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I have 2 branches in my local, for example:

  • FirstApp
  • SecondApp

How to push both of them to remote repo? Do I also need to create two branches in remote as well?

Many thanks!

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Is this not the default behavior? git push origin (assuming your remote is called origin) will push any un-synchronized commits in all local branches. –  Austin Mullins Jan 21 '13 at 3:11
    
Hmm is it? I do not dare to try because the repo is very important. –  Rendy Jan 21 '13 at 3:13

2 Answers 2

You can do it by executing the following command.

git push [remote name] [branch1] [branch2]

For example if you want two put branch FirstApp and branch SecondApp to the remote origin, you can execute

git push origin FirstApp SecondApp

If you want push more branches, just add the branch name that need to be pushed to the end.

For more information about git. You can checkout this book from the following link - http://git-scm.com/book

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Btw, if someone clone the repo, by right, both branches will be pulled to local right? And btw, how about the pull activity? –  Rendy Jan 21 '13 at 3:26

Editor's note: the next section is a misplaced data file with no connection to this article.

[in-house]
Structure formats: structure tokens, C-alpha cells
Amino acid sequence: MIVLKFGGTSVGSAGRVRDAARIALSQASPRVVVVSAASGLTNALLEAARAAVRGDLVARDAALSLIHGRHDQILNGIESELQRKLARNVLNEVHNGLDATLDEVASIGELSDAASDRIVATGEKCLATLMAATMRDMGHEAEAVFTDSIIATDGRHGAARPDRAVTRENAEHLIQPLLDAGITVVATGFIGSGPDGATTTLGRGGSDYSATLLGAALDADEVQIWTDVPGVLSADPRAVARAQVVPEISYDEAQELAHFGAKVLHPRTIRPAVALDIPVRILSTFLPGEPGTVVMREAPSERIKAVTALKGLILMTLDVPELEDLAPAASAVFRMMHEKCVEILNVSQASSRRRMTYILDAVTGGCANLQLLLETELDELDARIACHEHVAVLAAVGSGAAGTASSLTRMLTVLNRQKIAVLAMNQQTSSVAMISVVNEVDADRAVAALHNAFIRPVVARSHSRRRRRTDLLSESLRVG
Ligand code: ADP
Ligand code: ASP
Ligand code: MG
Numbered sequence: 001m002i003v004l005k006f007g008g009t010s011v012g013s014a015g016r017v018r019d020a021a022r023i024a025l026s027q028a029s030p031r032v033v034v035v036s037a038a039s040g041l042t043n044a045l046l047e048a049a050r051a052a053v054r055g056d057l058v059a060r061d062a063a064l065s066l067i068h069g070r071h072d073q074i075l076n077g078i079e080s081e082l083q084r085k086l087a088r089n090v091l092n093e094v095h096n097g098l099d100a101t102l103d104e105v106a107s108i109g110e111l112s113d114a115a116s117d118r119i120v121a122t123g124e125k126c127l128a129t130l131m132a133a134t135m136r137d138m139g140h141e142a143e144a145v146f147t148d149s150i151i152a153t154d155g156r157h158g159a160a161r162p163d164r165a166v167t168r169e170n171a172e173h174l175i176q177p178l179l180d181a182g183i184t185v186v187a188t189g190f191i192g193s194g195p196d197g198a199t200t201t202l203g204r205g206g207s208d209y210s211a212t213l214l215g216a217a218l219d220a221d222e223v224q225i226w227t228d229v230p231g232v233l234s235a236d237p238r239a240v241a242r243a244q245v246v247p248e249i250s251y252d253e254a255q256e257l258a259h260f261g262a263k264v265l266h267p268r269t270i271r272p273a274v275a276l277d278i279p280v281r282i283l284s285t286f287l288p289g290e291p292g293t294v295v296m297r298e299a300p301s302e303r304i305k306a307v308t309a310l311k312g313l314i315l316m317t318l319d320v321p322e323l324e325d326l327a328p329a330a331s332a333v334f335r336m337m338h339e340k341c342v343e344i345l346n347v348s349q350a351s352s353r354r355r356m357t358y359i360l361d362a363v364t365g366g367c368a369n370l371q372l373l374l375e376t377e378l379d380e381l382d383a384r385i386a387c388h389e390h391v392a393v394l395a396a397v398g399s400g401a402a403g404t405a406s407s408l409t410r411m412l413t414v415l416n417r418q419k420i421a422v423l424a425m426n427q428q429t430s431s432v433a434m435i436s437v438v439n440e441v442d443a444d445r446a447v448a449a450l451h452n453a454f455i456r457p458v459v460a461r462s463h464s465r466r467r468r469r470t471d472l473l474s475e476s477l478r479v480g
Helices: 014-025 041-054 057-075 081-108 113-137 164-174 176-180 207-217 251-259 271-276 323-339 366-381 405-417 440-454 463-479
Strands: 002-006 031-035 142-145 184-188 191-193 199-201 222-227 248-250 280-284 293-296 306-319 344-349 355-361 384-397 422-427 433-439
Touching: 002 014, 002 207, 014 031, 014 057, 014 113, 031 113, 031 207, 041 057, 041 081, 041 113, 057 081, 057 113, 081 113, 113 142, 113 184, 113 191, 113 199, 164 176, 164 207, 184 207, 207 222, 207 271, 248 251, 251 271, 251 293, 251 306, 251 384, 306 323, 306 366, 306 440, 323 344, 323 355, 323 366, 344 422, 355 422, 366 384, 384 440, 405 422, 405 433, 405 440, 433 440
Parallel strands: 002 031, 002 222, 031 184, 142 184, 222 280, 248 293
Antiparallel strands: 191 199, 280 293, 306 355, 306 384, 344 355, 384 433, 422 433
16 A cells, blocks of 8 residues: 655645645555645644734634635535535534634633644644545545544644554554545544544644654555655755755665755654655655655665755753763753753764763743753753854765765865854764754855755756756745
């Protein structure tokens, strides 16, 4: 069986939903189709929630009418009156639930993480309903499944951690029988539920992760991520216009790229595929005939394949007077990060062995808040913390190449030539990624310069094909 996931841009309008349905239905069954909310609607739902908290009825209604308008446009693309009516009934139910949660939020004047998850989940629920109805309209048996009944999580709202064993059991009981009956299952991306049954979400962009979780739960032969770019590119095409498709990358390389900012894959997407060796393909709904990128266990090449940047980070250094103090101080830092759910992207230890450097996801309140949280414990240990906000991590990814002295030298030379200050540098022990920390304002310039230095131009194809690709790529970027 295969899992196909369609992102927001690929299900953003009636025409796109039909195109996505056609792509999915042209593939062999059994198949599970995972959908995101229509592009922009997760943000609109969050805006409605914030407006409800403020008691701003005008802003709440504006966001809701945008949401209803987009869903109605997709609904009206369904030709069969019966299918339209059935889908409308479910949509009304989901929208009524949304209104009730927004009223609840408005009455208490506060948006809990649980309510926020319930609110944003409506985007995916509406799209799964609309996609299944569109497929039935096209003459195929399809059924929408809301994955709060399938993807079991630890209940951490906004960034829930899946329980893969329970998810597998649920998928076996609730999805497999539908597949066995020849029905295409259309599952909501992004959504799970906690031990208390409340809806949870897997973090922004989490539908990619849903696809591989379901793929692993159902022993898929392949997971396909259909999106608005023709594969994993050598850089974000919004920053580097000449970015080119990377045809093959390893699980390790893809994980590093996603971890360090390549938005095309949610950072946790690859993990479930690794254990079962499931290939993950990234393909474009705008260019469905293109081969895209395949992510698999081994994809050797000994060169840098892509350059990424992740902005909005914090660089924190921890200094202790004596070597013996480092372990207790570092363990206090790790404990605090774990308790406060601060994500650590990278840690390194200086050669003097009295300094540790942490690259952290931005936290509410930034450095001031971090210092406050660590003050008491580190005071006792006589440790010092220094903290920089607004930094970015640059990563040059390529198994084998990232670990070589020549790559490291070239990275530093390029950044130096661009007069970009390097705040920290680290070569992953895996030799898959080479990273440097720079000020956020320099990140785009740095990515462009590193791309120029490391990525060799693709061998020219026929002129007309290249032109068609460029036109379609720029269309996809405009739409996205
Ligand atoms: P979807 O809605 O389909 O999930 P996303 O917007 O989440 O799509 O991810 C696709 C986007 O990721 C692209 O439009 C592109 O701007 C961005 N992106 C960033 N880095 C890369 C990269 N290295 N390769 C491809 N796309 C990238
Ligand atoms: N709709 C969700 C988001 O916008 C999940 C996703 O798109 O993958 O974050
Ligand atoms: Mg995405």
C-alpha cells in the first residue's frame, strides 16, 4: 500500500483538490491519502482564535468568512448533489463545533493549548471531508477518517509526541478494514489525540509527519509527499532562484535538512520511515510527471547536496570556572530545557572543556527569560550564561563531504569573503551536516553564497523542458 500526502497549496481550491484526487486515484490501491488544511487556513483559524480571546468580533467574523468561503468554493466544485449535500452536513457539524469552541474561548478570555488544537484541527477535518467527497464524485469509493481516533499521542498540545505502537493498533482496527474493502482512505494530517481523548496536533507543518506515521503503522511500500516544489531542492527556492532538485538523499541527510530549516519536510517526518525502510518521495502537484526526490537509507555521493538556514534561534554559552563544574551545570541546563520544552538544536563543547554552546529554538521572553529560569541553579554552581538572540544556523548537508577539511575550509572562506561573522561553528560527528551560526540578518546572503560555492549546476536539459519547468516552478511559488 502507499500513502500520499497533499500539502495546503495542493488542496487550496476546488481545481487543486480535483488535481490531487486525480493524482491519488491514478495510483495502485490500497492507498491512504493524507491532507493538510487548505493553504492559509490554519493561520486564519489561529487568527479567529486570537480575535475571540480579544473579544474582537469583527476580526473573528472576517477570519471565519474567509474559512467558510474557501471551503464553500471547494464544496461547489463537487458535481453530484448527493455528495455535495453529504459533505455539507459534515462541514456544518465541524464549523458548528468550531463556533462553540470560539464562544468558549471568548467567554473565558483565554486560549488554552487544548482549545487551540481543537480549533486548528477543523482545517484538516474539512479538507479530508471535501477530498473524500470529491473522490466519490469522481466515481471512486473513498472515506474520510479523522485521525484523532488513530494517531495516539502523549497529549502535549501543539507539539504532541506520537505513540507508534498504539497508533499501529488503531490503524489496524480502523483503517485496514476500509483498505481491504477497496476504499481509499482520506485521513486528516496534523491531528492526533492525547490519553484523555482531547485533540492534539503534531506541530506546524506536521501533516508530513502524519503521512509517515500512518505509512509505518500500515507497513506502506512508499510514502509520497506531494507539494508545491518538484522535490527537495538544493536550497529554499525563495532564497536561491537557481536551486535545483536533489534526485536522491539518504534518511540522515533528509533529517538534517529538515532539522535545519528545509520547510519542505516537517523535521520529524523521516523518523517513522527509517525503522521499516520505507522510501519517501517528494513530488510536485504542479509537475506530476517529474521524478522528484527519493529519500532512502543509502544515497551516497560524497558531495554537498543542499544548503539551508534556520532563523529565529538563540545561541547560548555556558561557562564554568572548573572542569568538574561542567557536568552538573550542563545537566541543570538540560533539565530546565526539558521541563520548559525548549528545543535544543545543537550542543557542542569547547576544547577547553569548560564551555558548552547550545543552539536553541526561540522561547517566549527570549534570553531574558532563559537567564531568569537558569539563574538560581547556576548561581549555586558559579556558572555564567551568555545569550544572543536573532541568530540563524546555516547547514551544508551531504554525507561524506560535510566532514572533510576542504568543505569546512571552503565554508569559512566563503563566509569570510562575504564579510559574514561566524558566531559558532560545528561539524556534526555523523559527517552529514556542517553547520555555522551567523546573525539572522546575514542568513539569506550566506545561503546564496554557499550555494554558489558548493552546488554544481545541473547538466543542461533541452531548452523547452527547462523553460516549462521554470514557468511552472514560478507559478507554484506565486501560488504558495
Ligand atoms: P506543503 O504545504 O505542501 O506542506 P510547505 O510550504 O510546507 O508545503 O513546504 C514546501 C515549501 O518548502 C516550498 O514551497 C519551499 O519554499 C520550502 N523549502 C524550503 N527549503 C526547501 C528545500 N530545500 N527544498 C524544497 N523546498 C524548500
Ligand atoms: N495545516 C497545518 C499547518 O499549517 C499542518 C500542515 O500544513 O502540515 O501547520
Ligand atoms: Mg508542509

Thanks for your ebook, I've quite some time working on git but never on two branches local and remote. –  Rendy Jan 21 '13 at 3:29
    
Yes, in this case both of them will be fetched to the local repo. but actually all the branched will be fetched. –  chawladev Jan 21 '13 at 3:29
    
I've tried it to push it while I'm in master but seems the commit was pushed but not in remote since I've re-cloned it and checkout to the branch by "git checkout -b remotes/origin/FirstApp" but there wasn't my commit in the track list :( –  Rendy Jan 21 '13 at 5:01
    
oops, i've checked it using git show <sha_id>, there is my commit but it doesn't appear in my local, do you have any idea how to see it in my local? –  Rendy Jan 21 '13 at 5:14

With recent change in the default push policy, I would advise:

 git push -u origin FirstApp
 git push -u origin SecondApp

That way, even with the new 'simple' policy, it will push and create an upstream branch named after your local branches.

Now keep in mind that if you clone back your remote repo, it will not create local branches for all the remote branches: see "Track all remote git branches as local branches".

To see if your branches were pushed after a new clone, check out the result of:

git branch -a
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hmm what does it mean by "upstream"? I usually do "git push" not "git push -u", does it affect something in my repo? –  Rendy Jan 21 '13 at 7:38
    
@Rendy see stackoverflow.com/a/2749166/6309 and the reponse just below stackoverflow.com/a/6244487/6309. The git push -u is to be done only once, the first time you are pushing a branch, in order to establish an upstream branch. See stackoverflow.com/questions/6089294/… –  VonC Jan 21 '13 at 8:01

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